A Visitor Center Volunteer Orientation is set for Sunday afternoon, January 25 at Hagerman National Wildlife Refuge, from 2 – 4 pm and will be an opportunity to learn more about volunteering in the Visitor Center.   Visitor Center volunteers greet visitors, hand out literature and answer questions about the Refuge, book tram reservations and make gift shop sales using a computer sales system.  Volunteers work one or more shifts each month – 9 am – 12:30 pm and/or 12:30 – 4 pm, Monday through Saturday, and 1 - 5 pm Sundays.  The schedule is flexible, and couples may work together.  Training is provided and extensive reference materials and support are available to volunteers.  Volunteers must be 18, or 16 if accompanied by a parent/volunteer.

Hagerman National Wildlife Refuge, located at 6465 Refuge Road, Sherman, offers a number of other volunteer opportunities, including the following:

 Nature Walk Leaders – lead small groups on guided walk on one of the Refuge trails.  Need good general knowledge of birds, other wildlife, as well as plants at Hagerman NWR.  Join on our call team for school and other group visits by adults or youngsters, volunteers may be needed weekdays or weekends, so you can specify when you could be available.

 Youth Program Assistant – join the Youth FIRST team!  Programs are for ages 4 -7 and 8 – 12, on the first Saturday of each month.  Sign up to attend the next team meeting and you can choose to read a story, lead a game or a craft for one or more sessions, or just provide general help!  Must be 16.

 Nest Box Monitor – Nest box trails at Refuge are monitored weekly, March through August; schedule depends on how many teams we have for the season; generally a team of 2 -3 monitors once each month, plus work days at the beginning and end of each season.  Number of volunteers needed is limited. Must be available on a Thursday or Friday, have completed safe driving course, and able to record data accurately. Age 18 or older.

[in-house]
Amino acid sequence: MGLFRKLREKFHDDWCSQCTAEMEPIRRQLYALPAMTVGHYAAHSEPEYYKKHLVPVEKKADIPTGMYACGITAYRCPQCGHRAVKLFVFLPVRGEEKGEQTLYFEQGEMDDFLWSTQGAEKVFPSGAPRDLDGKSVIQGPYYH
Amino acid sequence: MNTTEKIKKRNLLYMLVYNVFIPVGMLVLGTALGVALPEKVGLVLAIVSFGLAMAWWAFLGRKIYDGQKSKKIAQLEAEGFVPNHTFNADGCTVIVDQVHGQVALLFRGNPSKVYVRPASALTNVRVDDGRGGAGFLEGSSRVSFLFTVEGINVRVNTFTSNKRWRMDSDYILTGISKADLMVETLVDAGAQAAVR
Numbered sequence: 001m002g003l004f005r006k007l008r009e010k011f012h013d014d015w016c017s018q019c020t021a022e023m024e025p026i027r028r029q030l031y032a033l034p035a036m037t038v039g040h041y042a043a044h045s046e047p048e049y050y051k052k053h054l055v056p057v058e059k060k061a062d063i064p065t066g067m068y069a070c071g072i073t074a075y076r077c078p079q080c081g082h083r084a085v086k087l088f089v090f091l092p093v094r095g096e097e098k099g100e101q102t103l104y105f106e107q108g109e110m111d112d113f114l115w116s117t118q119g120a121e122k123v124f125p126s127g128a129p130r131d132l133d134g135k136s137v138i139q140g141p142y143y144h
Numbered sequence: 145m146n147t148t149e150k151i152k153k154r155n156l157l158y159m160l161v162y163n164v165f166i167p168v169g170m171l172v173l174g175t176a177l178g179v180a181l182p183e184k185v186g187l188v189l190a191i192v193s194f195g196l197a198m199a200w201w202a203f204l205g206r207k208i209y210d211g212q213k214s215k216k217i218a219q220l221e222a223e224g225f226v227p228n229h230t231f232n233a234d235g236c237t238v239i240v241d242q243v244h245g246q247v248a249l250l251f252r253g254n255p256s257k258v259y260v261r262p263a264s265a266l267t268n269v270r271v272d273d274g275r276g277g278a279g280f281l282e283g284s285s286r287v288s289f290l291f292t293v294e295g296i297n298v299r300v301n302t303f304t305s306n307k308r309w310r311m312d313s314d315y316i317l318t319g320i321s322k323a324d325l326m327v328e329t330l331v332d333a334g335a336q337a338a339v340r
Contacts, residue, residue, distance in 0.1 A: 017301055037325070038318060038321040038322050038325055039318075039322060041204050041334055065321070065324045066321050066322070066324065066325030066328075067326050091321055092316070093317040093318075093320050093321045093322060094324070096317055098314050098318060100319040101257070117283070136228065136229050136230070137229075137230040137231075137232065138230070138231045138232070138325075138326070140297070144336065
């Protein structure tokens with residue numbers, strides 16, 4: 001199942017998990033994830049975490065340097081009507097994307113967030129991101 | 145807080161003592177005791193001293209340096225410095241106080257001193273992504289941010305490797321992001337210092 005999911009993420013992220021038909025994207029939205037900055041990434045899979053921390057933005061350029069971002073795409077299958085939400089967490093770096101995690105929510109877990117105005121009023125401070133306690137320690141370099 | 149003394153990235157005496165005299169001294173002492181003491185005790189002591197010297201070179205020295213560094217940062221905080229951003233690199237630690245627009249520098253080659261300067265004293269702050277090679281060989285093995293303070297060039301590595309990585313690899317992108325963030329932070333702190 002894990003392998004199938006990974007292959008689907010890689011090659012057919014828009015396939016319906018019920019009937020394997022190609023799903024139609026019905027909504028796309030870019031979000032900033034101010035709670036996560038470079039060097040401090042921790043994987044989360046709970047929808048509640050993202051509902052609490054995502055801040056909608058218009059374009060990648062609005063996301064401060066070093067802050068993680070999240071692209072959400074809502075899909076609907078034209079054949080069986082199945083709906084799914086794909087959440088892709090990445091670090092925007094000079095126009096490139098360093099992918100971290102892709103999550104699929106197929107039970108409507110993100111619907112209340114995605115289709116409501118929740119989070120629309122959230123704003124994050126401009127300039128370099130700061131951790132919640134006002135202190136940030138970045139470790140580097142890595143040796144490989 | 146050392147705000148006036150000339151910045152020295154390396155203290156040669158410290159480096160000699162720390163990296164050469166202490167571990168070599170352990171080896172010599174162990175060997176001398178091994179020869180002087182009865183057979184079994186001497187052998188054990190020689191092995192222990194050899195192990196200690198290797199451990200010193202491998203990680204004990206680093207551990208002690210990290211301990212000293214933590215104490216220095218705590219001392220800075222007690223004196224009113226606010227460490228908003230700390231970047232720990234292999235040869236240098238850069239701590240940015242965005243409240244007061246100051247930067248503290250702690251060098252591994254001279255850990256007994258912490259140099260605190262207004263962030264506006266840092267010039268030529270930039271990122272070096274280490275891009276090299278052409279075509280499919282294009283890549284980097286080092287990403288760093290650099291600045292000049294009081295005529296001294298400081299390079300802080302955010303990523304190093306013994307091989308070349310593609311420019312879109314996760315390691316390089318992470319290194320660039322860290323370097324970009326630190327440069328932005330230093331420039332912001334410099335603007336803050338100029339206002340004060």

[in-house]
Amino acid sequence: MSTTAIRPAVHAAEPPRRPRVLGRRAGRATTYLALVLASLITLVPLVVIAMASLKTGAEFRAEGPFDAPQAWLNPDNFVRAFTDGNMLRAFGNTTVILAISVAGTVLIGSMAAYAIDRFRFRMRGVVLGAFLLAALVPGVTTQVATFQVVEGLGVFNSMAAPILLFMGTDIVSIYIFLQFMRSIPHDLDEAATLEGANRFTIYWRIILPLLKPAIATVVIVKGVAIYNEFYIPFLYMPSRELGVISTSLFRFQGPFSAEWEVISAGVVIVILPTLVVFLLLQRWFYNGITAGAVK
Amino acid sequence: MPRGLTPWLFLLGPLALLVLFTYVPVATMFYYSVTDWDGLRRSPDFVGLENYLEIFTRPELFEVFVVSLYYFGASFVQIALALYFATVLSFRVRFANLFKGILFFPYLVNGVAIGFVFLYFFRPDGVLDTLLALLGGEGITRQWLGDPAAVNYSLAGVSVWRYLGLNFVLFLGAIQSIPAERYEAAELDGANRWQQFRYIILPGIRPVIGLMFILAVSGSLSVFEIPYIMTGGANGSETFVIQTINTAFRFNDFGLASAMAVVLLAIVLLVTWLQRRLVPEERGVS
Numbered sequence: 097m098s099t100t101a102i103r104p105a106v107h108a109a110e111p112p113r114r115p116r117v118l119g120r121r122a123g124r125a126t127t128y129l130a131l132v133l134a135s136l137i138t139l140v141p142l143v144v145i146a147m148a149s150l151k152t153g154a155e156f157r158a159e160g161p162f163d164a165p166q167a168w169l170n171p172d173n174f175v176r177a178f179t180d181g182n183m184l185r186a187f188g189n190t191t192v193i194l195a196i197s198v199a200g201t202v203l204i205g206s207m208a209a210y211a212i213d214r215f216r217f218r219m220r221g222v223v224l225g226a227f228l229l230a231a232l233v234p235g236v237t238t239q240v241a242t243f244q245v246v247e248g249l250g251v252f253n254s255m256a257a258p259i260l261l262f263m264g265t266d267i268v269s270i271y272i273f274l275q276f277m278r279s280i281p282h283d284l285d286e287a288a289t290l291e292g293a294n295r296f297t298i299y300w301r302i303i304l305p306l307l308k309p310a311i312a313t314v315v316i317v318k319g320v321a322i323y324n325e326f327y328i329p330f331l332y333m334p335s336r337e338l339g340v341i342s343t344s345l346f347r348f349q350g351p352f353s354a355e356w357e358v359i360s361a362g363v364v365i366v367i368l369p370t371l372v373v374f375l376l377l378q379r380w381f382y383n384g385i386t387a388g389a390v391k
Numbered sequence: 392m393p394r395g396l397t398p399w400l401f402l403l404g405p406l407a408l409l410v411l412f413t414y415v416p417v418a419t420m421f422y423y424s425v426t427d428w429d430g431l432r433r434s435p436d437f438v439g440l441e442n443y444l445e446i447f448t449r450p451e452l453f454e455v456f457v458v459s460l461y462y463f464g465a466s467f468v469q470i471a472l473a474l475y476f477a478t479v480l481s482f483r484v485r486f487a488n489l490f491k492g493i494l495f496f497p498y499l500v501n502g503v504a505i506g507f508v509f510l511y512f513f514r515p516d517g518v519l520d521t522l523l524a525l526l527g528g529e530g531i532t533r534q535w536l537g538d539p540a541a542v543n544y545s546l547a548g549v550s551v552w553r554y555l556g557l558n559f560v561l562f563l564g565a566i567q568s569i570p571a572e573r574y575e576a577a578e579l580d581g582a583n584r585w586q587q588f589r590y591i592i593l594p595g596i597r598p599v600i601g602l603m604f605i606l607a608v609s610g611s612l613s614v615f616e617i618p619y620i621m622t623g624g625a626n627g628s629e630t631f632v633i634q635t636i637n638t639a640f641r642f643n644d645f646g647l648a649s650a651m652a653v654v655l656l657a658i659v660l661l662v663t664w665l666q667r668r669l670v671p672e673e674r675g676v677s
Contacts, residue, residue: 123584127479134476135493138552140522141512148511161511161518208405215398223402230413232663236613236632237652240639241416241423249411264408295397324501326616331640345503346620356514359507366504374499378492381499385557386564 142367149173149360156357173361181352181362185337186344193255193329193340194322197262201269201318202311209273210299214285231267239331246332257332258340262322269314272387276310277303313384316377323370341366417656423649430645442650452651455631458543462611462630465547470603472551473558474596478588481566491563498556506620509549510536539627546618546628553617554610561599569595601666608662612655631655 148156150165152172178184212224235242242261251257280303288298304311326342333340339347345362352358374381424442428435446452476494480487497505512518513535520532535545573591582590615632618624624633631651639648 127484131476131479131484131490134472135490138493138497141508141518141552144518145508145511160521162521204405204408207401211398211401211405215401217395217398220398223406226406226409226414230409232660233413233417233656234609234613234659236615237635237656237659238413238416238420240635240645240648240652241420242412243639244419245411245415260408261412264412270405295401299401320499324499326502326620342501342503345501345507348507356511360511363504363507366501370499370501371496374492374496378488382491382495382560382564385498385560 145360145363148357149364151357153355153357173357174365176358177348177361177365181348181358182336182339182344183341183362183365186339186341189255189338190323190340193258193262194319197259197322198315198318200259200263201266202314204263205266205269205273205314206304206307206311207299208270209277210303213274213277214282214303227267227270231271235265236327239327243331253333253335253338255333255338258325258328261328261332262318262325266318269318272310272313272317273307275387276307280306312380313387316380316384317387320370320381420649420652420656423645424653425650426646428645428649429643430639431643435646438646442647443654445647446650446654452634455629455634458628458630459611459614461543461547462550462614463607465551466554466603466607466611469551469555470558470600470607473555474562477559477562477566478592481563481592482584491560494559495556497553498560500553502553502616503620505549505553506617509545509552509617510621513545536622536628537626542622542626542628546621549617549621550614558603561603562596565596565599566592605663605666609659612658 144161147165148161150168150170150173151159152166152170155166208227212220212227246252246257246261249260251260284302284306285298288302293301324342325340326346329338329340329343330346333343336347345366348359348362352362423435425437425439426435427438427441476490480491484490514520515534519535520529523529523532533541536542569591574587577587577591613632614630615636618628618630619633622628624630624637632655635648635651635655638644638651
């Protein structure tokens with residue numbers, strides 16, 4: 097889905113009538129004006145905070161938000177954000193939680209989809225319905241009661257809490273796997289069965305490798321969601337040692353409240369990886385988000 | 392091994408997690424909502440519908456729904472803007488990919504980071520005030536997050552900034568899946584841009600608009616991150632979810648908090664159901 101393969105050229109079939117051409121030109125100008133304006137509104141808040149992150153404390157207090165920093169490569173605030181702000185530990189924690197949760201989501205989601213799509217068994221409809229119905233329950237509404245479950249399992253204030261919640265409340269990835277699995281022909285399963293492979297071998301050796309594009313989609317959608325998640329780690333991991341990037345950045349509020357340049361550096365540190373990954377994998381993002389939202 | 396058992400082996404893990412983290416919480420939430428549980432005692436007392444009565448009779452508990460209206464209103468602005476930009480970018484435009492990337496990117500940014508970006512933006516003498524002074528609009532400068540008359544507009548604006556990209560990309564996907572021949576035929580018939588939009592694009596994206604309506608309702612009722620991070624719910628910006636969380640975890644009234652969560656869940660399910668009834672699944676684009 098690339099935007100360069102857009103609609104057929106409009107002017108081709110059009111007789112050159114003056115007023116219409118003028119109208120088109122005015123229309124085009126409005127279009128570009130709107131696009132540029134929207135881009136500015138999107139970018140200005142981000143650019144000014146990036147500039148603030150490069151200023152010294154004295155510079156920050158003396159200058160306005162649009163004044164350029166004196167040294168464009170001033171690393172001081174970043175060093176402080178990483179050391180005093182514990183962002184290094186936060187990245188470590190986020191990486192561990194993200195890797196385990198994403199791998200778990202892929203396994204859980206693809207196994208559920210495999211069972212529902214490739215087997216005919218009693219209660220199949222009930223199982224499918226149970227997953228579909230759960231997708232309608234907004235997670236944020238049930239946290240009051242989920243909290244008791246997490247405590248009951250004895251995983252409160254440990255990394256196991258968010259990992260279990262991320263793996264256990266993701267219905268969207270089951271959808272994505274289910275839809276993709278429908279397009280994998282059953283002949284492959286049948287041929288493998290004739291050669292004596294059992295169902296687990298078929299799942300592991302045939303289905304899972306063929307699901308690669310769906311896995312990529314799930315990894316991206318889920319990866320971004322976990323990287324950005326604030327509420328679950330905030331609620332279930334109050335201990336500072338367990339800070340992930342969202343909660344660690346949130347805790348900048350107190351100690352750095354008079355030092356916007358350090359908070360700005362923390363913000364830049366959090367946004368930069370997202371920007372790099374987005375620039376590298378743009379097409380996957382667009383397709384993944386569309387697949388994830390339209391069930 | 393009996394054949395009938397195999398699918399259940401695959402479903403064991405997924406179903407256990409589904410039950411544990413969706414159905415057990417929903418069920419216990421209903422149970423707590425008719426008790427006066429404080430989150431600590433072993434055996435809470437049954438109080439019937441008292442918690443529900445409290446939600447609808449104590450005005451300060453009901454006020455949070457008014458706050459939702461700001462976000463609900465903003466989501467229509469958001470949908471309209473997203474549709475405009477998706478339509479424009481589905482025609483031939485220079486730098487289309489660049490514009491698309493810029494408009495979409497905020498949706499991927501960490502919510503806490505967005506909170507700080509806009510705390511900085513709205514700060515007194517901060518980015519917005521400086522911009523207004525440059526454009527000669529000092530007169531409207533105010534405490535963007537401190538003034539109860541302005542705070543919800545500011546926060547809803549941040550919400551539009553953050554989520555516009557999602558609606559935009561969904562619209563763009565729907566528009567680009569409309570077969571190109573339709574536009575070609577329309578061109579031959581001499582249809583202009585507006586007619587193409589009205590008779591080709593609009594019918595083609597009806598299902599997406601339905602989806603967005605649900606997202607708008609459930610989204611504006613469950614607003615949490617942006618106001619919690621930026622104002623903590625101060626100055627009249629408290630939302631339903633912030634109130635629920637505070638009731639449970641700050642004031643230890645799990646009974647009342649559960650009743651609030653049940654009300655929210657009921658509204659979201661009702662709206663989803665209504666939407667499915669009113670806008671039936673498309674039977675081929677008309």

 Gardener – work in the new Butterfly Garden at the Refuge; this spring we will be adding new plants, weeding and mulching.  Join team that is on call for workdays, both weekdays and weekends.  Volunteers provide own hand tools and gloves.  Minimum age 18, or 16 if accompanied by parent/volunteer.

 Tram Tour Driver/Guides - Drive all electric open air tram on 4 mile tour route (1.5 hours) at Hagerman NWR; must have safe driving record, complete approved driver safety program and be knowledgeable about wildlife and willing to learn Refuge history and operations to share with visitors on tour.  Drive one or more times monthly, Wednesday at 10 am, Sundays at 2 pm; Saturdays either 10 am or 2 pm, depending on season.   Tours go, weather permitting.

 Tram Maintenance - need individual, minimum age 18, or 16 if accompanied by parent/volunteer, or team to service twelve 6-volt batteries twice monthly; maintain water level and keep terminals clean and  terminal connections tight.  Choose your own schedule for this volunteer service.

 For more information or to volunteer, call the Refuge, 903 786 2826 or send us a comment.


Thursday, January 15, 2015

Where Are the Geese?

The most frequently asked question at the Hagerman NWR Visitor Center these days is “Where are the geese?”

Each winter the Refuge is known for huge flocks of Snow and Ross’s geese who come thousands of miles to enjoy warmer weather and abundant food.  However, taking center stage for the past several years is drought, and in 2013, adding insult to injury, a week of ice in early December.

Snow Geese in Flight, by Rick Cantu